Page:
DIM SUM AND THEN SOME: CHINESE POTSTICKER TREAT
Ni Hao! That means Hello in Chinese. I know I may not look it, but I am a quarter Chinese. And, I love celebrating Chinese New Year. Some people call it the Lunar New Year, too, and it is celebrated in many places around the world. Today, my cousin Tammy is visiting from Taiwan and I am going to show her how to make Chinese potstickers. Some people know these as Gyoza, too. They are healthy and delicious and easy enough for a kid cook to make with some help from someone over 14 who knows how to use a frying pan.
After you mix all the ingredients that you see in the recipe below, the fun part is placing a little mixture in each potsticker skin, then folding and pinching the sides together to seal the meat or veggies inside.
To see all the steps watch our RECIPE VIDEO. If you’d like to learn some Chinese words and Chinese New Year facts, scroll to the bottom of this post.
DIM SUM: LUNAR NEW YEAR TREAT
Prep Time: 30 minutes
Cook Time: 20 minutes
Yield: Four Dinner Size Servings
These are also known as potstickers or gyoza and make a great easy meal or snack for the whole family. Serve with rice, veggies and ponzu or other sauces.
1 lb ground chicken, finely chopped shrimp, pork or veggie mix
3 finely chopped green onions
1 tbls. finely chopped ginger (you can substitute 1/2 tsp. ground ginger if fresh is hard for you to find)
Good quality soy sauce to taste. Approximately 4-6 tblsp.
2 tblsp. good Sesame oil.
1 package dim sum wrappers or gyoza skins, preferably round
finely chopped water chestnuts. If you are making these veggie style, you might want to try: clear mung bean noodles, tofu, and chopped cabbage.
Mix all ingredients in a bowl, blending well.
Place a teaspoon of filling in center of wrapper.
Use finger to trace a little warm water around edges of wrapper.
Fold wrapper in half and press edges together to get them to stick.
Generously coat bottom of a non-stick pan with vegetable or canola oil.
When medium warm, lay dim sum in oil.
Let fry until one side is golden brown.
Add about a half cup of water to pan. CAUTION: steam will rise so be careful not to burn your self. Quickly place a lid over the steaming dumplings.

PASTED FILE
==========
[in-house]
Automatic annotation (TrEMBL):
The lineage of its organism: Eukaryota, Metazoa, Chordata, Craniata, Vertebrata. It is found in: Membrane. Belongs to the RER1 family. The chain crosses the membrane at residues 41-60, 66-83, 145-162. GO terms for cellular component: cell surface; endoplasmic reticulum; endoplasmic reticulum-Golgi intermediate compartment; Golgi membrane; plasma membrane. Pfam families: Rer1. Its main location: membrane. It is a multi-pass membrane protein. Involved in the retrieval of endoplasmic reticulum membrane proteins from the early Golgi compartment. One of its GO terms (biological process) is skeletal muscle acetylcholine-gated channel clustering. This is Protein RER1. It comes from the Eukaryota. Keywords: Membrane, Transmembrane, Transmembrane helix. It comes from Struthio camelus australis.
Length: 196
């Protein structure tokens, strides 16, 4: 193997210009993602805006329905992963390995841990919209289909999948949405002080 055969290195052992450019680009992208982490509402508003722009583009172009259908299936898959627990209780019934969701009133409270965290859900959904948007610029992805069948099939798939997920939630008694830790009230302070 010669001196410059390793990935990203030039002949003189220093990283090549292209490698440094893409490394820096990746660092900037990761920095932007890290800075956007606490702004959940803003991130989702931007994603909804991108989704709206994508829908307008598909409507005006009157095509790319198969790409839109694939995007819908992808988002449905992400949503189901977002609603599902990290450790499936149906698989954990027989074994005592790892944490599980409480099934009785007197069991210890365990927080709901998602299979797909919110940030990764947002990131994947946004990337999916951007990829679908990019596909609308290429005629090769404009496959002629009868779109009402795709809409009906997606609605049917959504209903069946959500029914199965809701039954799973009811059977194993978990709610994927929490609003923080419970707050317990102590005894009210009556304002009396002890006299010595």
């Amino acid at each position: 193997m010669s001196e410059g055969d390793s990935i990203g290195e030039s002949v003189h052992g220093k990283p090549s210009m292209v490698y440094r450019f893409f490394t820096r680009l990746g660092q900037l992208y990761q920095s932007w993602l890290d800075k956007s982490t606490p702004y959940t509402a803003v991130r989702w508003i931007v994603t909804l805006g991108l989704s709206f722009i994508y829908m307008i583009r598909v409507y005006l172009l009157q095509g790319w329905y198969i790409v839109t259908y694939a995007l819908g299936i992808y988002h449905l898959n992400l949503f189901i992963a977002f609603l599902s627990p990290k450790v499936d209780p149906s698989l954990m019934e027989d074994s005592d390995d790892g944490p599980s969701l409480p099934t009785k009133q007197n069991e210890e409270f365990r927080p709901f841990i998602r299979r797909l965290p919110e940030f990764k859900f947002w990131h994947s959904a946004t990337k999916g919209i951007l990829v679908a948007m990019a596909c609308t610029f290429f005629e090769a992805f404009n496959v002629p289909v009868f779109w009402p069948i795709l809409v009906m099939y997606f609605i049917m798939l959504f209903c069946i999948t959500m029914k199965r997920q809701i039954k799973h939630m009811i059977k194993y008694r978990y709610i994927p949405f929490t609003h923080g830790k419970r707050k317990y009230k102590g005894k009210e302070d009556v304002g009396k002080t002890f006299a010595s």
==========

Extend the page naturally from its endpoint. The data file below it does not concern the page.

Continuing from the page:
When water is gone, dumplings are ready.
Note: some people skip the frying part and only steam their dumplings in a steamer. They can also be deep fried by an adult to taste more like wontons. You may have to adjust water depending on heat of pan, etc. In our family, we throw fresh peas or broccoli in the pan during the steaming part so that we have veggies to accompany our dim sum.
SAUCE: Dim sum is great served with Japanese ponzu, Thai chili dipping sauce, or many other Asian sauces. Our family blends a Japanese/Chinese/Guamanian style sauce:
1/4 cup of good Tamari Soy Sauce or regular low sodium soy sauce 3 green onions finely chopped. Juice of half a lemon. 1/8 cup of vinegar 1 medium hot jalapeno or other hot pepper (optional for kids)
optional: 3 drops of Thai fish sauce. If you like sauce on the sweeter side you can add 2 tblsp. of Asian seasoned vinegar or Mirin. If you are a huge ginger lover, then you may want to add a teaspoon of finely chopped ginger.
There is a legend that in ancient times, Buddha asked all the animals to meet him on Chinese New Year. Only twelve came, so Buddha named a year after each one of them.
At Chinese New Year celebrations, women and girls wear red clothing, people decorate with poems written on red paper, and children receive ‘lucky money’ in red & gold envelopes. Red symbolizes fire, which according to legend can drive away bad luck.
The lantern festival is held on the fifteenth day of the first lunar month. In many areas the highlight of the lantern festival is the dragon dance. The dragon—which might stretch a hundred feet long—is typically made of silk, paper, and bamboo.
Xie xie ni means Thank you!
Zai jian! means Bye!